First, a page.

Ready to Burn 

The ABCs of Burning Man.

click to enlarge PHOTO BY BABS DE LAY
  • Photo by Babs De Lay

I will return from Burning Man (taking place Aug. 31 to Sept. 3) with loads of laundry. Playa dust does not necessarily wash out--ever. It also never comes off shoes, camp chairs and coolers. The alkali lake bed of Black Rock City (BRC), Nevada (north of Sparks), is almost toxic. People with long hair know to wash out their locks with vinegar after the Burn to try and get some resemblance of working hair back after the desert. And, if you don’t wear shoes and socks out there, your feet crack within days.

“How was Burning Man?” people ask each year when I return.I reply, “Wikipedia says the answer to that question is like trying to explain a color red to someone.” It is what it is: the largest radical expression of the arts in the world. It’s ‘arts’ and people, and that’s hard to explain more than anything.

First, there’s the art of survival: Do you tent it or rent/borrow an RV? First-timers usually tent it. RV dealers within a thousand miles know to charge a lot extra for cleaning fees when they know customers are going to Burning Man. Tents don’t have air conditioning. Tents are OK if you have two tents, one to cover the other from the dust.

You can’t bring much perishable food. Our camp lives on bacon for a week. Really. Tons of water is a must and even a ton more if you want to have a shower. Unfortunately for those of us who are smell sensitive, showers are not deemed necessary for most of the “shirt cockers” (men in Tevas and T-shirts, nothing else).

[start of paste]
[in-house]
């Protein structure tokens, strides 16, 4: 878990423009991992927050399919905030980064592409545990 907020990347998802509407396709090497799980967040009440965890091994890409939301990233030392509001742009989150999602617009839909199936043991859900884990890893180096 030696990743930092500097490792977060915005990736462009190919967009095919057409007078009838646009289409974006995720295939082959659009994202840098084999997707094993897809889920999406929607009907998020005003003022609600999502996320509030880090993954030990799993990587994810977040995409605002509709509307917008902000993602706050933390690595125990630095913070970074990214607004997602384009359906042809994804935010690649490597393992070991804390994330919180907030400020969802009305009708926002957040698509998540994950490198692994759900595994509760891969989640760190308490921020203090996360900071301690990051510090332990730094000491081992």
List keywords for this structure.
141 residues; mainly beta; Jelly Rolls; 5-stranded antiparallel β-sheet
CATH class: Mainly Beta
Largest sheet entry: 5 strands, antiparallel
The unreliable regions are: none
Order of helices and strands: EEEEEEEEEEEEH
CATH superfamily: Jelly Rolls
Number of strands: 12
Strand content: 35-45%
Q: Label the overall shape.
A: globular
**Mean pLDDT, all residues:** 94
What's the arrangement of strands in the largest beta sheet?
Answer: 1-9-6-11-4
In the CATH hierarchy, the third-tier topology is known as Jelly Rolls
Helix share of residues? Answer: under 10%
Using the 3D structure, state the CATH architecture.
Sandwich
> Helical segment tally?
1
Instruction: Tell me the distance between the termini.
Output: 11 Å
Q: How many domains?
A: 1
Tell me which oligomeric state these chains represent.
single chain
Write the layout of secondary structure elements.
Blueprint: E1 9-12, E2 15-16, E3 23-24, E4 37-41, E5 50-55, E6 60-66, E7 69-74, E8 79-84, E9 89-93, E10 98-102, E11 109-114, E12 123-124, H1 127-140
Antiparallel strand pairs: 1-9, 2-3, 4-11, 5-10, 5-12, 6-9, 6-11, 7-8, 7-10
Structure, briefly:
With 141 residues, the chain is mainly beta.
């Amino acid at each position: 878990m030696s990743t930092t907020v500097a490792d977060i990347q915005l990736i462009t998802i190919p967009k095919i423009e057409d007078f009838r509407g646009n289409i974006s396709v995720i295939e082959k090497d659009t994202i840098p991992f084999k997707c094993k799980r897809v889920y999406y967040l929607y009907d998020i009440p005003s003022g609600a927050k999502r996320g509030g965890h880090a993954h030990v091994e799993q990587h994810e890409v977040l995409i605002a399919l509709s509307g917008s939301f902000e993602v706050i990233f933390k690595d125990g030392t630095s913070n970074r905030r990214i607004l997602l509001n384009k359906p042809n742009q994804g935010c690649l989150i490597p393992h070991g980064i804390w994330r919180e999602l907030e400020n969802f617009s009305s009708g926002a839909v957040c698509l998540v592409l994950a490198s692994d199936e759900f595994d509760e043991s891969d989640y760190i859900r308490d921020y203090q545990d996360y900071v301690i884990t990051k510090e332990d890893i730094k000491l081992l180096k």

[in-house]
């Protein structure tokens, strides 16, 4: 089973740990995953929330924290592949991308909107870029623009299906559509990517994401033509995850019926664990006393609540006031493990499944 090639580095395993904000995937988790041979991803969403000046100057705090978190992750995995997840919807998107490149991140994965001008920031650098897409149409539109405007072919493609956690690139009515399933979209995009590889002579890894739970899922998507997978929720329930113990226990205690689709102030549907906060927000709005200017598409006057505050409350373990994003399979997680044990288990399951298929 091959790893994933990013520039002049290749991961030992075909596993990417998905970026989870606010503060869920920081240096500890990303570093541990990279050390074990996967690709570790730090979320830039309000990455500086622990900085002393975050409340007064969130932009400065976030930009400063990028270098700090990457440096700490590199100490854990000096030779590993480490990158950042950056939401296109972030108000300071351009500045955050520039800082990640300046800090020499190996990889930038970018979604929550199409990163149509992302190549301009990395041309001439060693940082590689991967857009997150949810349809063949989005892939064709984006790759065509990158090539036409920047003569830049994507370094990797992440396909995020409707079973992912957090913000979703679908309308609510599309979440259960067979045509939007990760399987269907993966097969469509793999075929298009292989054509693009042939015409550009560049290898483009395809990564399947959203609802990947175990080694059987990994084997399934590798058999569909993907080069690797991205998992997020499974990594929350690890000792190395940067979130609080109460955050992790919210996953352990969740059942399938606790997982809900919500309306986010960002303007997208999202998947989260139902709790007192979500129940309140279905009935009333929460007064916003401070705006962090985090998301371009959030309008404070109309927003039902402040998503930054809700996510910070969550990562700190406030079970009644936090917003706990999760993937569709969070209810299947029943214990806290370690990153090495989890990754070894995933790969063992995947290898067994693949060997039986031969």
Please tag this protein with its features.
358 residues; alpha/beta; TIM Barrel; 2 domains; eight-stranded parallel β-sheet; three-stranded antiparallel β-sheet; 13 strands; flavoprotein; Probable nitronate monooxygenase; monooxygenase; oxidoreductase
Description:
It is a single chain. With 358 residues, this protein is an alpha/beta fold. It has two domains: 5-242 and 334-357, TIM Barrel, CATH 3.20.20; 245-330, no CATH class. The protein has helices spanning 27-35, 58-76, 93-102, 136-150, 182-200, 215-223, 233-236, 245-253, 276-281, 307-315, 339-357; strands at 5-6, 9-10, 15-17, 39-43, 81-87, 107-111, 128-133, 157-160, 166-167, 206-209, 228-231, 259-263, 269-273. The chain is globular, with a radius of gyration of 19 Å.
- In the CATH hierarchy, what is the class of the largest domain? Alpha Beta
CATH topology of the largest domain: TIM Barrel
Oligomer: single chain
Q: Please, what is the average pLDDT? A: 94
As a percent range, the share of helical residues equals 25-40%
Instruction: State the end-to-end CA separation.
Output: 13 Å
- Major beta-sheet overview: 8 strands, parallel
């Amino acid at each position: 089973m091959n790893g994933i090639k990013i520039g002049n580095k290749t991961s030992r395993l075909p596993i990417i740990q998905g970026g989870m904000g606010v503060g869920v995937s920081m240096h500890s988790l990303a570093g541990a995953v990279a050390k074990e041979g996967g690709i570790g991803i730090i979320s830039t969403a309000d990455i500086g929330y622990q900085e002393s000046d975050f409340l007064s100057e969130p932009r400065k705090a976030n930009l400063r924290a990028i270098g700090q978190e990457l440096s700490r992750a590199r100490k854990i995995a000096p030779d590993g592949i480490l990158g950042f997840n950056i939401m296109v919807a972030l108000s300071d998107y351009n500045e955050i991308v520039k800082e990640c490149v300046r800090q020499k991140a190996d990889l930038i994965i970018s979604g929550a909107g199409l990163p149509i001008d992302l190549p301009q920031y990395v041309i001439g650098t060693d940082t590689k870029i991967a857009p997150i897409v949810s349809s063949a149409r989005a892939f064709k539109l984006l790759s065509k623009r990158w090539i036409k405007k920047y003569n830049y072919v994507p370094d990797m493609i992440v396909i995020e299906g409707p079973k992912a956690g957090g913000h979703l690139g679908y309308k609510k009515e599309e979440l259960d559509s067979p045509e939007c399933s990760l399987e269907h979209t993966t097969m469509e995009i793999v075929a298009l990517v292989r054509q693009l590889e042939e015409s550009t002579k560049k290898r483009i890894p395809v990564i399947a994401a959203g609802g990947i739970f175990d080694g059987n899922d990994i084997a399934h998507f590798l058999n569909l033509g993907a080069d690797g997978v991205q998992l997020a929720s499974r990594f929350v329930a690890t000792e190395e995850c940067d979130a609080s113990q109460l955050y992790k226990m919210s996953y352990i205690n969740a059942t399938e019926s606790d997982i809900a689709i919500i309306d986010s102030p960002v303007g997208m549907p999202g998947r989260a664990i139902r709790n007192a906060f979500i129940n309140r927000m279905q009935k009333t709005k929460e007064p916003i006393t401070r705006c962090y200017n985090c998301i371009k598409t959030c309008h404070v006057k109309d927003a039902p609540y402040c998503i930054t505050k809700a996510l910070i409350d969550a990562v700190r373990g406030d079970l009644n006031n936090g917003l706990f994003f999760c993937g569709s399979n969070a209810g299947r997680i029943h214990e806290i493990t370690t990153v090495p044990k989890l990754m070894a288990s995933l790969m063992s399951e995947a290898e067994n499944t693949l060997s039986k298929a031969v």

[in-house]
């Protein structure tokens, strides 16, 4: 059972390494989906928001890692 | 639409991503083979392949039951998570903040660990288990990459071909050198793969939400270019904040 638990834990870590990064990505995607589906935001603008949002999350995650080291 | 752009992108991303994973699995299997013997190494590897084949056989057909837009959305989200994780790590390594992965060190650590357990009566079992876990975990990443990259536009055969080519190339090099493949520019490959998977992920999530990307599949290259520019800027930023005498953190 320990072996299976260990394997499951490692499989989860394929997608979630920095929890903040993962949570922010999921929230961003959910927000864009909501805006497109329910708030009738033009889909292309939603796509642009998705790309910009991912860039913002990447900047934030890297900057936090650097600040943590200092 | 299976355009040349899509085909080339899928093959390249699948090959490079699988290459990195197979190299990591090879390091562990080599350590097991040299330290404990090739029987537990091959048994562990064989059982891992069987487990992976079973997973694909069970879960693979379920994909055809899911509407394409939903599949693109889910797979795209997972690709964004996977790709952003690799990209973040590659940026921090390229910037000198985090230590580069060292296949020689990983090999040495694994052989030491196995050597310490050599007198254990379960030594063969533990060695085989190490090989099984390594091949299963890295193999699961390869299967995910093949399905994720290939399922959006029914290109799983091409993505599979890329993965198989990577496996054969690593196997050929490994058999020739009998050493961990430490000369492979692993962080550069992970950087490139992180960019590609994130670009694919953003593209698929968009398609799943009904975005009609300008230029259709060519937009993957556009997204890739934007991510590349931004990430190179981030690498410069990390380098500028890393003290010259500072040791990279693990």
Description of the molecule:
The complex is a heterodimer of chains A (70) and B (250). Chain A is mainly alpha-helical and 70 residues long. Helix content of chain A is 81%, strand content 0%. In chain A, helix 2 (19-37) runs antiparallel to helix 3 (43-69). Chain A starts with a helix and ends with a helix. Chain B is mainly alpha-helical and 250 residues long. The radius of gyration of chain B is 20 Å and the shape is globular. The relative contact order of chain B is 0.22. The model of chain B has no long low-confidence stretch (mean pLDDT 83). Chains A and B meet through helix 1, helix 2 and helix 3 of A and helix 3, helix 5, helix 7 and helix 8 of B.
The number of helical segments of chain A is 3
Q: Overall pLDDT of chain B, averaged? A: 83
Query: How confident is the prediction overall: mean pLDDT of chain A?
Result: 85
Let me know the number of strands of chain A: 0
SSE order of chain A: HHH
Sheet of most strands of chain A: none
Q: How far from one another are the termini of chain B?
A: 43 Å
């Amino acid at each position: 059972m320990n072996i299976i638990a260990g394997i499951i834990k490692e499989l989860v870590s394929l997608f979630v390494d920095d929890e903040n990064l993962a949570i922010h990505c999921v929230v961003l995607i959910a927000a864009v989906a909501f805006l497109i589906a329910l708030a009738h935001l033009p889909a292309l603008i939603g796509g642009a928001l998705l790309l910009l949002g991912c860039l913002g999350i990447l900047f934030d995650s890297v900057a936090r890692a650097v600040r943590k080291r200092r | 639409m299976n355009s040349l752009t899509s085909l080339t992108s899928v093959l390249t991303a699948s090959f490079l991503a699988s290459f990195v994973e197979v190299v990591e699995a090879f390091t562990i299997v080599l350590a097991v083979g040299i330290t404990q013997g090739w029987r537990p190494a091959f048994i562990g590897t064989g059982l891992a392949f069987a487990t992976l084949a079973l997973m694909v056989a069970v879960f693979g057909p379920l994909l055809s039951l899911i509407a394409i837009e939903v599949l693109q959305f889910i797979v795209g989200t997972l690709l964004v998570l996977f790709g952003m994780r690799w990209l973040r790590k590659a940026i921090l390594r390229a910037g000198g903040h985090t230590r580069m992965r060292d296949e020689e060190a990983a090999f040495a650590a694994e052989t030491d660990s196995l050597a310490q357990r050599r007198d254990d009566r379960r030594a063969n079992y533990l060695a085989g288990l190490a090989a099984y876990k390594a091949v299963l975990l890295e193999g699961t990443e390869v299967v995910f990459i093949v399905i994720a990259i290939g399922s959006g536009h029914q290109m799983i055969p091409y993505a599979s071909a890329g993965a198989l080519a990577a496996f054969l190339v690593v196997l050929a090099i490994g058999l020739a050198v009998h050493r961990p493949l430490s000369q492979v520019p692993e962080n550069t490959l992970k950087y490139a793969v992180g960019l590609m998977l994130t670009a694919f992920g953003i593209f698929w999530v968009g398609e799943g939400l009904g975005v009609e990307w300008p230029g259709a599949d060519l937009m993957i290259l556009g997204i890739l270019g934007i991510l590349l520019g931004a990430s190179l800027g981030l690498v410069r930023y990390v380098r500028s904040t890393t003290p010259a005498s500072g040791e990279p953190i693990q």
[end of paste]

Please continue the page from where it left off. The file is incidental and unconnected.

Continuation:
You see, Burning Man only provides porta-potties. And hot coffee at center camp. These are the only two vendors that can accept money. Burning Man is otherwise money-free. Not to worry, though. Every other camp on your street gives out free grilled-cheese sandwiches, bacon, pancakes, veggie dogs, peanut-butter cracker packs, popsicles, cocktails and more cocktails. If you have anything extra to eat, you just set it out in front of your camp and “winner takes all.” Most everyone has a spare pare of goggles for you or at least an extra dust mask in case of the dreaded “white outs” (when the dust blows at 30 mph and you can’t see 10 feet in front of you for eight hours).

Secondly, where do you camp? This past year, the Reno paper reported just under 50,000 were in attendance at Burning Man. Black Rock City becomes Nevada’s third-largest city over Labor Day! After Burning Man, there might be one or two insects on their way to sudden death hovering around. It’s eerie and beautifully stark the rest of the year when no one’s around, a lot like the Bonneville Salt Flats.

For someone coming for the first time, you’d think that setting up would be an evil chaos of land-grabbing jerks trying to stake a claim on a prime camping spot. Oh, hell, no. BRC is extremely organized. Hundreds of volunteers go out a month early and survey the entire city and set it up in streets that end up looking like a socket wrench from above.